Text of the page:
Multi-branched shrubby perennial growing to 20 in (50 cm). Has deeply cleft linear leaves, white 5-petaled flowers, and rounded 3-celled seed capsules.
Habitat & Cultivation
Native to the Middle East, North Africa, and southern Europe, harmala is naturalized in other subtropical regions, including Australia. It thrives in saline soil in semi desert areas. The seeds are gathered in summer.
Harmala contains up to 4% indole alkaloids (including harmine, harmaline, and harmalol). Harmine has been used to help alleviate the tremors of Parkinsonism.
History & Folklore
Since the earliest times, harmala has been used in the Middle East as a means to induce intoxication. Known to the Greek physicians Dioscorides (40–90 CE) and Galen (131–200 CE), as well as to their Arabic counterpart Avicenna (980–1037 CE), harmala was also used to expel intestinal worms and to promote the onset of menstrual flow.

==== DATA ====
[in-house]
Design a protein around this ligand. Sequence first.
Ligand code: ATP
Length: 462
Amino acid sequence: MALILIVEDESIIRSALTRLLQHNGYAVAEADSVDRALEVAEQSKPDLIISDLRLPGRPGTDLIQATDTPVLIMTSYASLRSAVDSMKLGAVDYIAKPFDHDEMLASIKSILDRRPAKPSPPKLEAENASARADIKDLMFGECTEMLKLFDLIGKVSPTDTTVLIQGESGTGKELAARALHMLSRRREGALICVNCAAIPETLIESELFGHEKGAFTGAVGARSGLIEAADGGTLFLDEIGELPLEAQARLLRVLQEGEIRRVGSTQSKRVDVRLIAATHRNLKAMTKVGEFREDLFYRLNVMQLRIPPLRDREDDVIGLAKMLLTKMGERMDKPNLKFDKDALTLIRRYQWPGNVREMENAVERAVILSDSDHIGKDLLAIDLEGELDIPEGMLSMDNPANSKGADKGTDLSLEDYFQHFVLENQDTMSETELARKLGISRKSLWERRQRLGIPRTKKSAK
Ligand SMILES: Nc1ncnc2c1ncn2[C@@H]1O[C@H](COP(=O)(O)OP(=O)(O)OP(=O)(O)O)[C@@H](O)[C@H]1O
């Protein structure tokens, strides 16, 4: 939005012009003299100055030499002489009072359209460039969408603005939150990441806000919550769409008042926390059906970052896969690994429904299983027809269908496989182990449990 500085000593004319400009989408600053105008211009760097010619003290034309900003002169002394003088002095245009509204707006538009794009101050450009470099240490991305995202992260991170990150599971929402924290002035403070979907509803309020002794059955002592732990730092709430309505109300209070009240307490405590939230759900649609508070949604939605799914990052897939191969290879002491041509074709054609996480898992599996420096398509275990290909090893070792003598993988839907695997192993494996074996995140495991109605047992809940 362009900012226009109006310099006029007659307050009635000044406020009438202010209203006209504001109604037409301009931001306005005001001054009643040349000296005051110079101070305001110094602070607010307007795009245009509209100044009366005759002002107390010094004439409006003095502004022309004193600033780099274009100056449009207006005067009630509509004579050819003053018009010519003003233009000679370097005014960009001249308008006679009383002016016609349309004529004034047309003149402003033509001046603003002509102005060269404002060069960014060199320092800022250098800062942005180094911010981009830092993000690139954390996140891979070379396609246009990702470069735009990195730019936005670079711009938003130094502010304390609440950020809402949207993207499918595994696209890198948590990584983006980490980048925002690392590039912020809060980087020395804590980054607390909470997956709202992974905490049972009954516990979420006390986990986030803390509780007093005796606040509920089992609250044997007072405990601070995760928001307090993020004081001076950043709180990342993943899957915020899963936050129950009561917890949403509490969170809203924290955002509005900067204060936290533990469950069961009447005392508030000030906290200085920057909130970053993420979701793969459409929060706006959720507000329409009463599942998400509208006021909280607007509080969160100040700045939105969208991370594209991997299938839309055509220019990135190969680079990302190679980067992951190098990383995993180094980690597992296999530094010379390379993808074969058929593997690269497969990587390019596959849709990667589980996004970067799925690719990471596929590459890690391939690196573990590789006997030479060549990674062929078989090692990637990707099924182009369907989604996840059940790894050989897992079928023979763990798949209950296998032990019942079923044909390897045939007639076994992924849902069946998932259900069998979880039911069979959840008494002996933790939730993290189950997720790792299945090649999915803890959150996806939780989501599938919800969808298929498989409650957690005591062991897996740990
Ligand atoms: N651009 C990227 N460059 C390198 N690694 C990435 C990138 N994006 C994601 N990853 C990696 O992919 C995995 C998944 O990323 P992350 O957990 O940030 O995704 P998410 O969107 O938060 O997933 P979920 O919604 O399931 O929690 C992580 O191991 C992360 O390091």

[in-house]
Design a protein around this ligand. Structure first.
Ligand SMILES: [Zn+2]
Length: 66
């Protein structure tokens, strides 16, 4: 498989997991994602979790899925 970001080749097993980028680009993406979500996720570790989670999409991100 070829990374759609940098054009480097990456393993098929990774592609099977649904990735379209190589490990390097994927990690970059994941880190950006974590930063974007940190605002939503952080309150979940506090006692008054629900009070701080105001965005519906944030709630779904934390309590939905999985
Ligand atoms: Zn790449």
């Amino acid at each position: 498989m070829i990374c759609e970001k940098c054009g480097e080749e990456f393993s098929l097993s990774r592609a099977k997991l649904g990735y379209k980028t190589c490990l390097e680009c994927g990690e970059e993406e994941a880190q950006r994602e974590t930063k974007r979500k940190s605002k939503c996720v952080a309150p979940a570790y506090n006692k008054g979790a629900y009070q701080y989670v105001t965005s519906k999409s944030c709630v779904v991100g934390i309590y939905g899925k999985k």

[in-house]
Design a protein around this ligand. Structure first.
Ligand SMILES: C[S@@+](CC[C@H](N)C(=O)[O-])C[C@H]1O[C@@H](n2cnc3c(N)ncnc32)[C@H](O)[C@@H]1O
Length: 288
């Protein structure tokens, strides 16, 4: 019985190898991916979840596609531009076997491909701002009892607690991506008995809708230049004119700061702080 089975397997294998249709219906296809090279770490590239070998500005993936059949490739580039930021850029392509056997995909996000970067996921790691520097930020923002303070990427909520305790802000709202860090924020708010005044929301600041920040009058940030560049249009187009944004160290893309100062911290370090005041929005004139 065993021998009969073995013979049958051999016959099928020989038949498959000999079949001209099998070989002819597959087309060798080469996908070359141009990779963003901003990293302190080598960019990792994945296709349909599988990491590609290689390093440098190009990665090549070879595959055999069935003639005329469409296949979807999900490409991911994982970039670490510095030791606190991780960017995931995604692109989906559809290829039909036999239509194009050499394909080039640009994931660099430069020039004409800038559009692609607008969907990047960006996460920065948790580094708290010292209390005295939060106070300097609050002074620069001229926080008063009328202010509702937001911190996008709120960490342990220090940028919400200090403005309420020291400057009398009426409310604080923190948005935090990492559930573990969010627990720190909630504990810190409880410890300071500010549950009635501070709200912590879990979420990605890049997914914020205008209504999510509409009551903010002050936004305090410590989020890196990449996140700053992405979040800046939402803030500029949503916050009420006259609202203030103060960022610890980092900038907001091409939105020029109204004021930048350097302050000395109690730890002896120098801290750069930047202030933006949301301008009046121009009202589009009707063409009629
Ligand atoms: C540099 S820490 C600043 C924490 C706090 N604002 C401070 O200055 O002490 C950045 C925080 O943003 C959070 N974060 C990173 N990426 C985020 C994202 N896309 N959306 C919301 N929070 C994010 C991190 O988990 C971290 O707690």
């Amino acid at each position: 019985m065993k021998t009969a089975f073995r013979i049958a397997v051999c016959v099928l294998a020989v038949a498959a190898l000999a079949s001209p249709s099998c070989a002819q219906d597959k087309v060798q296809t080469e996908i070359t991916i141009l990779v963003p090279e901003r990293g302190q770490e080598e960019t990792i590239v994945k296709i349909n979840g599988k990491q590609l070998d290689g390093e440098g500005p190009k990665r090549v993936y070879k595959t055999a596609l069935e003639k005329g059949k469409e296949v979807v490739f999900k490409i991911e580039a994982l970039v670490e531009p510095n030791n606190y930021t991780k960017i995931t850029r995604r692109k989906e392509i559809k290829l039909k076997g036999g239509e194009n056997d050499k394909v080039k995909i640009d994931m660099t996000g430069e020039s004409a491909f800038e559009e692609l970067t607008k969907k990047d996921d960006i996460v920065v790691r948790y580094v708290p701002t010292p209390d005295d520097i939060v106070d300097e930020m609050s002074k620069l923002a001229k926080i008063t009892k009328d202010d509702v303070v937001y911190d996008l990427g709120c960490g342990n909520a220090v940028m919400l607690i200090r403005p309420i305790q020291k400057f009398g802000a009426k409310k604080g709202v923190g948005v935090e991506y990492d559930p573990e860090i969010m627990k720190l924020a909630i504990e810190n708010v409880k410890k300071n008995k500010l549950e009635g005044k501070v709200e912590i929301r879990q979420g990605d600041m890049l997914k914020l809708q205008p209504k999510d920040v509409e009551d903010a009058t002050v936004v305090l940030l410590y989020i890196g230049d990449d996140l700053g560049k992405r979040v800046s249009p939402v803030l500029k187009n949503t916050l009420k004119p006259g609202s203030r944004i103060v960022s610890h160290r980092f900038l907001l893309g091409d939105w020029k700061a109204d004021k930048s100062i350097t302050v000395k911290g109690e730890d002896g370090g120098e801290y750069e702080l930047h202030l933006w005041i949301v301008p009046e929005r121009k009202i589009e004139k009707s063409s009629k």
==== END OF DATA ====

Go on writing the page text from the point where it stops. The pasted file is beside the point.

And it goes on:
Medicinal Actions & Uses
Despite its long history as a euphoric and purportedly aphrodisiac herb, harmala is little used in contemporary Western herbal medicine because of its potential toxicity. The seeds have been taken, especially in the Middle East, to treat a very wide range of conditions, including high blood pressure, eye problems, psychiatric disorders, depression, Parkinson’s disease, and cancer. In central Asia, the root is a popular medicinal remedy that is used to treat rheumatism and nervous conditions.
This plant is toxic and should not be used under any circumstances.